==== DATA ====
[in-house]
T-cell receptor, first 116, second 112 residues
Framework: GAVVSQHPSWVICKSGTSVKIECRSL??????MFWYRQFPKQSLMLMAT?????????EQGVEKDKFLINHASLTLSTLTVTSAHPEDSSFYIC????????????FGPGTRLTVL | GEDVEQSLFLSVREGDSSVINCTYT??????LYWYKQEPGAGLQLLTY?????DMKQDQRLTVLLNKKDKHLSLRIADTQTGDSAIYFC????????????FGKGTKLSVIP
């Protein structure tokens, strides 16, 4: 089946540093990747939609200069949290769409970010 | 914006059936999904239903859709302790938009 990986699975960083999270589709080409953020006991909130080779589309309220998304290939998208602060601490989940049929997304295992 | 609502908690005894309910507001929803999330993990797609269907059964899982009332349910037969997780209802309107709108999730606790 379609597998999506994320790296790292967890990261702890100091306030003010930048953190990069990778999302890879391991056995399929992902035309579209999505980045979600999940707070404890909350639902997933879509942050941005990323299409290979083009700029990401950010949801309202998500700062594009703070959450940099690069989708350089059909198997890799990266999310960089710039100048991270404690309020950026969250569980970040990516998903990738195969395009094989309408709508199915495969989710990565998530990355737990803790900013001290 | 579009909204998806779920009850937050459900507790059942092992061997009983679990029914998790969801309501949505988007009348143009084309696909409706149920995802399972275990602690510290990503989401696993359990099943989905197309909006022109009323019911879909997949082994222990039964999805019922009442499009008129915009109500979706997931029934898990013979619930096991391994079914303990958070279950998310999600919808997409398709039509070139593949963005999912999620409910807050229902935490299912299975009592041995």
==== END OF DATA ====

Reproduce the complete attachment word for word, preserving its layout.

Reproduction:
[in-house]
T-cell receptor, first 116, second 112 residues
Framework: GAVVSQHPSWVICKSGTSVKIECRSL??????MFWYRQFPKQSLMLMAT?????????EQGVEKDKFLINHASLTLSTLTVTSAHPEDSSFYIC????????????FGPGTRLTVL | GEDVEQSLFLSVREGDSSVINCTYT??????LYWYKQEPGAGLQLLTY?????DMKQDQRLTVLLNKKDKHLSLRIADTQTGDSAIYFC????????????FGKGTKLSVIP
């Protein structure tokens, strides 16, 4: 089946540093990747939609200069949290769409970010 | 914006059936999904239903859709302790938009 990986699975960083999270589709080409953020006991909130080779589309309220998304290939998208602060601490989940049929997304295992 | 609502908690005894309910507001929803999330993990797609269907059964899982009332349910037969997780209802309107709108999730606790 379609597998999506994320790296790292967890990261702890100091306030003010930048953190990069990778999302890879391991056995399929992902035309579209999505980045979600999940707070404890909350639902997933879509942050941005990323299409290979083009700029990401950010949801309202998500700062594009703070959450940099690069989708350089059909198997890799990266999310960089710039100048991270404690309020950026969250569980970040990516998903990738195969395009094989309408709508199915495969989710990565998530990355737990803790900013001290 | 579009909204998806779920009850937050459900507790059942092992061997009983679990029914998790969801309501949505988007009348143009084309696909409706149920995802399972275990602690510290990503989401696993359990099943989905197309909006022109009323019911879909997949082994222990039964999805019922009442499009008129915009109500979706997931029934898990013979619930096991391994079914303990958070279950998310999600919808997409398709039509070139593949963005999912999620409910807050229902935490299912299975009592041995």